Many properties within our County are not located in areas where public sewers are available. These properties are connected to on-site subsurface sewage disposal systems, also called septic systems. The purpose of a septic system is to dispose of the wastewater generated in a house (or building) without contaminating the ground water or surface water.
The septic system consists of four parts:
Sewer line: connects the homes plumbing to the septic tank.
Septic Tank: allows for the retention and partial digestion of the solids by bacterial action (primary treatment). A properly functioning septic tank retains solids and will reduce pollutant levels by producing an effluent of fairly uniform quality. Septic tanks installed since 1991 consists of two compartments. Since 2000, septic tanks are required to have an effluent filter, which help protect the leach fields.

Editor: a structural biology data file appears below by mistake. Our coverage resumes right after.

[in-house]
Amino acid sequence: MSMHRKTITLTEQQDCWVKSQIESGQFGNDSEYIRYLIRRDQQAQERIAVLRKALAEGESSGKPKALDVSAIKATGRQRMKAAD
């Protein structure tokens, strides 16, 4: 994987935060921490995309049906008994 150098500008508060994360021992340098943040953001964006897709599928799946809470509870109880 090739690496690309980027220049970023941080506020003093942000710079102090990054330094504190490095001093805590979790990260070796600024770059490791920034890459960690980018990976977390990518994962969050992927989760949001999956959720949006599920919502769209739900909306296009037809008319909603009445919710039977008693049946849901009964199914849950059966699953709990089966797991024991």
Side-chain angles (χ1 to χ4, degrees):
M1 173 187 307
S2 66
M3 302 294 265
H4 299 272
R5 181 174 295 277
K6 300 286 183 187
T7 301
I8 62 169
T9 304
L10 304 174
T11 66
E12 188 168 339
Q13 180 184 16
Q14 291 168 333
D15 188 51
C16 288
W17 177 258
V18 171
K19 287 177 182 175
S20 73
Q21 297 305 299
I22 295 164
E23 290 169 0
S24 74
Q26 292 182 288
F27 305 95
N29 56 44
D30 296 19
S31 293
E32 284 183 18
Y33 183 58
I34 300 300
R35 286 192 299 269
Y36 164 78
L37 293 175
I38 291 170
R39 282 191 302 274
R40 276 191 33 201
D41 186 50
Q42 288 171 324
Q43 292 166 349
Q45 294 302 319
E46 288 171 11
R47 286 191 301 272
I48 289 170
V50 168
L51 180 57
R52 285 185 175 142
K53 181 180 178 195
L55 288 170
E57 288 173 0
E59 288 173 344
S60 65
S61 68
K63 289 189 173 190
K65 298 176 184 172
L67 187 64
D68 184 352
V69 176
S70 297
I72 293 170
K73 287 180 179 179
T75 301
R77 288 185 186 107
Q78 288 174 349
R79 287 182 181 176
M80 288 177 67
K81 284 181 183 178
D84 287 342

Distribution system: directs the flow from the septic tank to the leaching fields.
Leaching fields: A drainage system that applies sewage effluent into the surrounding soils. There are many different types: trenches, galleries, drywells, or plastic units.
Whatever kind of septic system you have, it is very important to:
Have your septic tank serviced (pumped out) every three to five years
Do not allow vehicles and heavy equipment to be driven over the septic system (unless the system was designed for this)
If your septic tank came with an outlet (effluent) filter, have this cleaned out routinely (Depends on the quality of waste that you send to your septic tank)